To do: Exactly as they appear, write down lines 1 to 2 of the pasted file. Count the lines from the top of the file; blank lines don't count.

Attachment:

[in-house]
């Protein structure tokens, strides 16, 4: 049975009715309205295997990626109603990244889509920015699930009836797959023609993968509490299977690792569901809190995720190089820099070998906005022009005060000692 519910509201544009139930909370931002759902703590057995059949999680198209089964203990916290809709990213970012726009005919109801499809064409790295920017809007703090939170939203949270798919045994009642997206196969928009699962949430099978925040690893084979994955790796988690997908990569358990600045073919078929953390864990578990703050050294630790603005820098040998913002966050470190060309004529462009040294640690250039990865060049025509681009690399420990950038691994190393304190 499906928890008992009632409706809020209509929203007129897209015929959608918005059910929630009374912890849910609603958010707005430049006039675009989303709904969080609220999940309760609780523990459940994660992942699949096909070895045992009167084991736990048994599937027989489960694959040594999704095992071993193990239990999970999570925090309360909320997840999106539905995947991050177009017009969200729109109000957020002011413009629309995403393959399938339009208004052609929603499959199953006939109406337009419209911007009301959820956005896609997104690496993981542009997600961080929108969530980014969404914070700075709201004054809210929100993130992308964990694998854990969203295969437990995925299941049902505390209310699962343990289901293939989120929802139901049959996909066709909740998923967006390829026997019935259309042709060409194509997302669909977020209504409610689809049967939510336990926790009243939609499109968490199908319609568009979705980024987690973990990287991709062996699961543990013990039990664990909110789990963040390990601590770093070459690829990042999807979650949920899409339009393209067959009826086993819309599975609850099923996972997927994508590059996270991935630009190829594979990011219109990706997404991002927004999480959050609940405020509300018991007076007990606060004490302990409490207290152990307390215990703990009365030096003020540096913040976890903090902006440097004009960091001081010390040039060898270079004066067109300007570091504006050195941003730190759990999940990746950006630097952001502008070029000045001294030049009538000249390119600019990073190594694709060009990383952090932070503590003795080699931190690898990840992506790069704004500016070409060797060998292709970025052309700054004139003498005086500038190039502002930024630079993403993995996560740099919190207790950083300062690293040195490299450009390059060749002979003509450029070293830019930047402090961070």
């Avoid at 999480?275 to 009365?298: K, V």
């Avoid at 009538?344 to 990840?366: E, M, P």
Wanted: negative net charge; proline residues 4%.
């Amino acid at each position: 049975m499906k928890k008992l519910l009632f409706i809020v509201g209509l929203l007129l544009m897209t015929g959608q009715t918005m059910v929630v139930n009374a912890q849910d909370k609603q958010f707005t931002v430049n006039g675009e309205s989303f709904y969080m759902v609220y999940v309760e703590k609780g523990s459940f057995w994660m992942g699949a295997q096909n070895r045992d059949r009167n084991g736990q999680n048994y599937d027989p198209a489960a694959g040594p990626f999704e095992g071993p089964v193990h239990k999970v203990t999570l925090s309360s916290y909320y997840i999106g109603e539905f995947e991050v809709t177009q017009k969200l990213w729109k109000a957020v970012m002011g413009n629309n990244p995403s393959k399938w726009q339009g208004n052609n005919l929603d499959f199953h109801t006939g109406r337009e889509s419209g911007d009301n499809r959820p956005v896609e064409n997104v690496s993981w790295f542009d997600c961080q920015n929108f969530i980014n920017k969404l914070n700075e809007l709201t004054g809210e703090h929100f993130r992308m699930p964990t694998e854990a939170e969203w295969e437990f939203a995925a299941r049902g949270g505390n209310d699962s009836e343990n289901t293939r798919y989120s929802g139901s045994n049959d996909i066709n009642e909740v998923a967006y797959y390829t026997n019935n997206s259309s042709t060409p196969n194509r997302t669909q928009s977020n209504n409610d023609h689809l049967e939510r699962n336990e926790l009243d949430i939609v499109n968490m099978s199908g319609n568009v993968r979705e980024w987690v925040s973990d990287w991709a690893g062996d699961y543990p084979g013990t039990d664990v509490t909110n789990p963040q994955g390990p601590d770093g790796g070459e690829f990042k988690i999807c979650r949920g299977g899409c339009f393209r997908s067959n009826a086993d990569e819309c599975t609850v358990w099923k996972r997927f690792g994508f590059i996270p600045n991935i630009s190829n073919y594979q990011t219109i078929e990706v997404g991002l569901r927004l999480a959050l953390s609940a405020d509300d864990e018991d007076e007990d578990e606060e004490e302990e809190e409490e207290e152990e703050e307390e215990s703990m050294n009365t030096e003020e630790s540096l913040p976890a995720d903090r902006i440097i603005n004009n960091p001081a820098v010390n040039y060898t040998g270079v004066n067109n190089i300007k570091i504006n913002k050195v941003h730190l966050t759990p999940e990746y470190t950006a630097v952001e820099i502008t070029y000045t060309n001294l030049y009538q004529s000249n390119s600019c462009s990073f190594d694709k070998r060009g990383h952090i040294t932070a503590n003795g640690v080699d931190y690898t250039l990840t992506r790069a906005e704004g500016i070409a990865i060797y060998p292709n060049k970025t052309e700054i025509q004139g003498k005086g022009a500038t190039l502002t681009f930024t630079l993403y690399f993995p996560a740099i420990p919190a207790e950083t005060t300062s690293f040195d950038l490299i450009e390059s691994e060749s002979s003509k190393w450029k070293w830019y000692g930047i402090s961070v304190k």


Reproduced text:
[in-house]
């Protein structure tokens, strides 16, 4: 049975009715309205295997990626109603990244889509920015699930009836797959023609993968509490299977690792569901809190995720190089820099070998906005022009005060000692 519910509201544009139930909370931002759902703590057995059949999680198209089964203990916290809709990213970012726009005919109801499809064409790295920017809007703090939170939203949270798919045994009642997206196969928009699962949430099978925040690893084979994955790796988690997908990569358990600045073919078929953390864990578990703050050294630790603005820098040998913002966050470190060309004529462009040294640690250039990865060049025509681009690399420990950038691994190393304190 499906928890008992009632409706809020209509929203007129897209015929959608918005059910929630009374912890849910609603958010707005430049006039675009989303709904969080609220999940309760609780523990459940994660992942699949096909070895045992009167084991736990048994599937027989489960694959040594999704095992071993193990239990999970999570925090309360909320997840999106539905995947991050177009017009969200729109109000957020002011413009629309995403393959399938339009208004052609929603499959199953006939109406337009419209911007009301959820956005896609997104690496993981542009997600961080929108969530980014969404914070700075709201004054809210929100993130992308964990694998854990969203295969437990995925299941049902505390209310699962343990289901293939989120929802139901049959996909066709909740998923967006390829026997019935259309042709060409194509997302669909977020209504409610689809049967939510336990926790009243939609499109968490199908319609568009979705980024987690973990990287991709062996699961543990013990039990664990909110789990963040390990601590770093070459690829990042999807979650949920899409339009393209067959009826086993819309599975609850099923996972997927994508590059996270991935630009190829594979990011219109990706997404991002927004999480959050609940405020509300018991007076007990606060004490302990409490207290152990307390215990703990009365030096003020540096913040976890903090902006440097004009960091001081010390040039060898270079004066067109300007570091504006050195941003730190759990999940990746950006630097952001502008070029000045001294030049009538000249390119600019990073190594694709060009990383952090932070503590003795080699931190690898990840992506790069704004500016070409060797060998292709970025052309700054004139003498005086500038190039502002930024630079993403993995996560740099919190207790950083300062690293040195490299450009390059060749002979003509450029070293830019930047402090961070």